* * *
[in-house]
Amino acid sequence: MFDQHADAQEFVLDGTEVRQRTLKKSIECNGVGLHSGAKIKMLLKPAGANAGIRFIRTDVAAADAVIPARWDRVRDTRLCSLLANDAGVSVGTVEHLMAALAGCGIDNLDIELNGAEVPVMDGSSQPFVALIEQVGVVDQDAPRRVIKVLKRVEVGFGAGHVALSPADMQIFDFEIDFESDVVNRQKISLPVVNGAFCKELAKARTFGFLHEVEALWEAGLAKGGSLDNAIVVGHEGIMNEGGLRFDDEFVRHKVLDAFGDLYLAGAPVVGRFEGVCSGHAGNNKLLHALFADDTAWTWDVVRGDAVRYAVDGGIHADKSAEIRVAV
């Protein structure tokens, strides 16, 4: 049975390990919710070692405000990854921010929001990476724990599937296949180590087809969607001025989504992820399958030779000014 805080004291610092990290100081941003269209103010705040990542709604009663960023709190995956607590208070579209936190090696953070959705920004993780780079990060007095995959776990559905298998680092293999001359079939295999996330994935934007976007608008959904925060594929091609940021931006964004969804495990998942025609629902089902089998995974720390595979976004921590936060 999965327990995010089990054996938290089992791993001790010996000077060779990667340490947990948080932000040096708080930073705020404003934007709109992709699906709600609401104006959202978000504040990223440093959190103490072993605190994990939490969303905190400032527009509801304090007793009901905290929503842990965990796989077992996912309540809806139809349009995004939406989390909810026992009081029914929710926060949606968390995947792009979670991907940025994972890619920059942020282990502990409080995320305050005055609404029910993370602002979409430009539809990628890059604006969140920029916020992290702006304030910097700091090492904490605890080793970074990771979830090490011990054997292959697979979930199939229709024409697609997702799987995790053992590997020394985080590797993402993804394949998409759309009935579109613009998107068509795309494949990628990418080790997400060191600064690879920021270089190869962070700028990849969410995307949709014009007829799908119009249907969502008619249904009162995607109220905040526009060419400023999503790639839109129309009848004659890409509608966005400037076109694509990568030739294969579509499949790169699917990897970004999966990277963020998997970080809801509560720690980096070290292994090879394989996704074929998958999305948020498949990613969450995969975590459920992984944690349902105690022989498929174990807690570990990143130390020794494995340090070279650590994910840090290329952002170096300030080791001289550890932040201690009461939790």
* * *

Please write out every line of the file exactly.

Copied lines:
[in-house]
Amino acid sequence: MFDQHADAQEFVLDGTEVRQRTLKKSIECNGVGLHSGAKIKMLLKPAGANAGIRFIRTDVAAADAVIPARWDRVRDTRLCSLLANDAGVSVGTVEHLMAALAGCGIDNLDIELNGAEVPVMDGSSQPFVALIEQVGVVDQDAPRRVIKVLKRVEVGFGAGHVALSPADMQIFDFEIDFESDVVNRQKISLPVVNGAFCKELAKARTFGFLHEVEALWEAGLAKGGSLDNAIVVGHEGIMNEGGLRFDDEFVRHKVLDAFGDLYLAGAPVVGRFEGVCSGHAGNNKLLHALFADDTAWTWDVVRGDAVRYAVDGGIHADKSAEIRVAV
């Protein structure tokens, strides 16, 4: 049975390990919710070692405000990854921010929001990476724990599937296949180590087809969607001025989504992820399958030779000014 805080004291610092990290100081941003269209103010705040990542709604009663960023709190995956607590208070579209936190090696953070959705920004993780780079990060007095995959776990559905298998680092293999001359079939295999996330994935934007976007608008959904925060594929091609940021931006964004969804495990998942025609629902089902089998995974720390595979976004921590936060 999965327990995010089990054996938290089992791993001790010996000077060779990667340490947990948080932000040096708080930073705020404003934007709109992709699906709600609401104006959202978000504040990223440093959190103490072993605190994990939490969303905190400032527009509801304090007793009901905290929503842990965990796989077992996912309540809806139809349009995004939406989390909810026992009081029914929710926060949606968390995947792009979670991907940025994972890619920059942020282990502990409080995320305050005055609404029910993370602002979409430009539809990628890059604006969140920029916020992290702006304030910097700091090492904490605890080793970074990771979830090490011990054997292959697979979930199939229709024409697609997702799987995790053992590997020394985080590797993402993804394949998409759309009935579109613009998107068509795309494949990628990418080790997400060191600064690879920021270089190869962070700028990849969410995307949709014009007829799908119009249907969502008619249904009162995607109220905040526009060419400023999503790639839109129309009848004659890409509608966005400037076109694509990568030739294969579509499949790169699917990897970004999966990277963020998997970080809801509560720690980096070290292994090879394989996704074929998958999305948020498949990613969450995969975590459920992984944690349902105690022989498929174990807690570990990143130390020794494995340090070279650590994910840090290329952002170096300030080791001289550890932040201690009461939790």